This tells the hospital, and the law firm who defends them in court, that you are serious about this issue, and the if the $!&*$ hits the fan, that the hospital, not the nurse will take the heat, blame, and accountalbity. Make it clear, and I bet that the present policy will change. Practice defensive employment!!

    Nurses have not done a good job of making the hospital the one who has to be accountable for any wrong doings, and failed/flawed policies. Also, get malpractice insurance. $99 from NSO. JMHO.

    Lindarn, RN, BSN, CCRN
    Spokane, Washington
  10. by   Floridanurse
    Have to agree. I myself had never worked the floor at my hospital prior to working in the ICU. I am used to the ICU's and am comfortable floating between the three units, but the floor and I am sick!! Literally. I am not comfortable doing this. No amount of short oritentation to a floor will make you qualified to work there that day. Another hospital I worked at was strictly floated among the units and to the ER. I can say we never made an issue of going to the ER. Someone actually usually volunteered to do this float. Someone else asked me to look at it as if my mother were up on the floor I am being floated to, well, that is my point!!! I would not want me...a nurse ill prepared for that floor, has no ideal where anything is, how to even call the RT for this floor.. to have to care for my mom. Although some do not want to admit it, each floor has their own specialty within themselves. Eventhough we can care for the acuity of the patient, it doesn't mean we will give that patient the best care in the setting they currently reside. WE can only give the best to our ability within our training, which on the floor we floated to, amounts to a hill of beans.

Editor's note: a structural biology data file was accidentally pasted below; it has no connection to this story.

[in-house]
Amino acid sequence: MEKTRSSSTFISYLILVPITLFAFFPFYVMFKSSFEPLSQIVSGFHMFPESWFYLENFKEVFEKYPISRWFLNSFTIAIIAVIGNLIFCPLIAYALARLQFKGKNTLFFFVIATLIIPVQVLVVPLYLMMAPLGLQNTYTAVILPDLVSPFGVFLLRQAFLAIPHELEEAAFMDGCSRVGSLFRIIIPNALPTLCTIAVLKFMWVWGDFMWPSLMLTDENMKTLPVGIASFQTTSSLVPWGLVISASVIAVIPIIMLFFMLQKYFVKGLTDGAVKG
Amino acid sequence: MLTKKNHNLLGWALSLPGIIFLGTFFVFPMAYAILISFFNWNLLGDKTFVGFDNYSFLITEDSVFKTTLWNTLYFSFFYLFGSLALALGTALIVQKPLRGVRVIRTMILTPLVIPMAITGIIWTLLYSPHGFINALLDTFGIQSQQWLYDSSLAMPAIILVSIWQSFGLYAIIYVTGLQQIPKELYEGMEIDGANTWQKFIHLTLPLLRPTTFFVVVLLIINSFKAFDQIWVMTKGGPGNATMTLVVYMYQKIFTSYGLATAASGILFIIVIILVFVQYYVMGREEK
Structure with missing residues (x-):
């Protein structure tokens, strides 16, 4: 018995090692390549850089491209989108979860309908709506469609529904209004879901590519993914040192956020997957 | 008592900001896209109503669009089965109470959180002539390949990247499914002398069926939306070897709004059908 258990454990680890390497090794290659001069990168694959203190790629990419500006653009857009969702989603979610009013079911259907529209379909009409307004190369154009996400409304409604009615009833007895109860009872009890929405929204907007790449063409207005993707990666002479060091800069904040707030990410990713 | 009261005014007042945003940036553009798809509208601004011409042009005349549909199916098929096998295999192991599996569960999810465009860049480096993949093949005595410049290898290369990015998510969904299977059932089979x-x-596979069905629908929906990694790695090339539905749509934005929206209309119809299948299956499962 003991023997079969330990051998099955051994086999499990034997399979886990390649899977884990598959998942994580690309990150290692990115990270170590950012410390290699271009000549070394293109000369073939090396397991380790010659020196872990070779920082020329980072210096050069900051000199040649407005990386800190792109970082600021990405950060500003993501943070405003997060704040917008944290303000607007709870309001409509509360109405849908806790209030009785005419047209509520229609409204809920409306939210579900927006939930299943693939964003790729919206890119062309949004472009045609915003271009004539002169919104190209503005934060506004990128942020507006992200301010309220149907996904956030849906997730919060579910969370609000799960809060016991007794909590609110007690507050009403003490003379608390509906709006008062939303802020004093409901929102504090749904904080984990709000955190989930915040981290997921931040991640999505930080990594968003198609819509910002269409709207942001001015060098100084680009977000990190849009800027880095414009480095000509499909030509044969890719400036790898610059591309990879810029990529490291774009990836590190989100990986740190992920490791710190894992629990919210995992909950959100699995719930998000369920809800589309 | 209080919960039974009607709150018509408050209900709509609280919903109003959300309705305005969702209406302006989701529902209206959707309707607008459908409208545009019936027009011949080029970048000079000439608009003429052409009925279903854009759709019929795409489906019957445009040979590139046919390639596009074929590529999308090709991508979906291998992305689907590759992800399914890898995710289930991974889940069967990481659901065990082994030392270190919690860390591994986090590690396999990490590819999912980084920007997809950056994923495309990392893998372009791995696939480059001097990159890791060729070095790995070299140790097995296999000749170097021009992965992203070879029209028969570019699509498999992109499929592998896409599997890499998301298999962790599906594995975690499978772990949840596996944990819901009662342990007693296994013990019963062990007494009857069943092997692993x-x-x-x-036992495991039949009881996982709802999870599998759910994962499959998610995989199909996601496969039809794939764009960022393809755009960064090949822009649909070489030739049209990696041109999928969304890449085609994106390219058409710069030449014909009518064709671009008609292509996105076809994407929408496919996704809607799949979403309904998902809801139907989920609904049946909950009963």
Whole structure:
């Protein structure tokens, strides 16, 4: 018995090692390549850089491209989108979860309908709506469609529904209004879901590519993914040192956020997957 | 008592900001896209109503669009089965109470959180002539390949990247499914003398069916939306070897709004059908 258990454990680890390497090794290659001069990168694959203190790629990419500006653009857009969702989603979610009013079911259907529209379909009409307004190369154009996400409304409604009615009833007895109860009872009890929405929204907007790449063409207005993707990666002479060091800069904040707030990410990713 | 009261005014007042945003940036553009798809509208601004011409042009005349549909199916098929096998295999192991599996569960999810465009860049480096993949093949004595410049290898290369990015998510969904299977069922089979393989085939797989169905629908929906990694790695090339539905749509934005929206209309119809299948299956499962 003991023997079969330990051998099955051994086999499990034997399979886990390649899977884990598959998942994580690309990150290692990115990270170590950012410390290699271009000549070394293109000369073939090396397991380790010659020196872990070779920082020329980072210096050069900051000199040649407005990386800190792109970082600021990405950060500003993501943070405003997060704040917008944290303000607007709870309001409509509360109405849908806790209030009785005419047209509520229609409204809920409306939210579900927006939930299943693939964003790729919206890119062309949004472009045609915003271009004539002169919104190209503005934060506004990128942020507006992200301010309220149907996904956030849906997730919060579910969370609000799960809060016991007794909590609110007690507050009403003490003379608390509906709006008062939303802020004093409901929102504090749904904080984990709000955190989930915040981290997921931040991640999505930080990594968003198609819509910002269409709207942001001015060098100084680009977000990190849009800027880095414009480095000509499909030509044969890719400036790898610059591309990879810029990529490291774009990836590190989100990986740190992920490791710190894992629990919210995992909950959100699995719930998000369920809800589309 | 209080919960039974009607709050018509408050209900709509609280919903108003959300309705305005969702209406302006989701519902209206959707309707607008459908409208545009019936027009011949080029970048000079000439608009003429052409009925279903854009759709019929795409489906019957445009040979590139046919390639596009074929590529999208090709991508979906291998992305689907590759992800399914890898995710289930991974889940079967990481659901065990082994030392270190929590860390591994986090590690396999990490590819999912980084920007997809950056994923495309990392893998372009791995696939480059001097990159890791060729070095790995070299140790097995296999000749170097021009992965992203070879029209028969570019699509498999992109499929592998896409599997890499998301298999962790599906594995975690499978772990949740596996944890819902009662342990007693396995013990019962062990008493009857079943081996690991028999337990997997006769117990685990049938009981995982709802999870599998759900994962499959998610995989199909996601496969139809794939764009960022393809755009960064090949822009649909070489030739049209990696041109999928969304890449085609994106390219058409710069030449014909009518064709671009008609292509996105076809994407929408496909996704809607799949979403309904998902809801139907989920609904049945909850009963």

11. by   cowboyRN
    In the last 6yrs, I have floated out once. I have picked up extra shifts on other units. I work a small unit, 6 bed with a mix of ICU/SAC patients and we are always full.
  12. by   Colorado Kid
    It is just common courtesy to help out where it is needed, since when do the skills on the floor exceed those in the unit! The charting might be different, but the patient care is the same. Quit whining and do the work you are paid for!umpiron:
    Last edit by Colorado Kid on Dec 14, '06
  13. by   Colorado Kid
    I'm glad I don't have to work with johnboy!:smiley_ab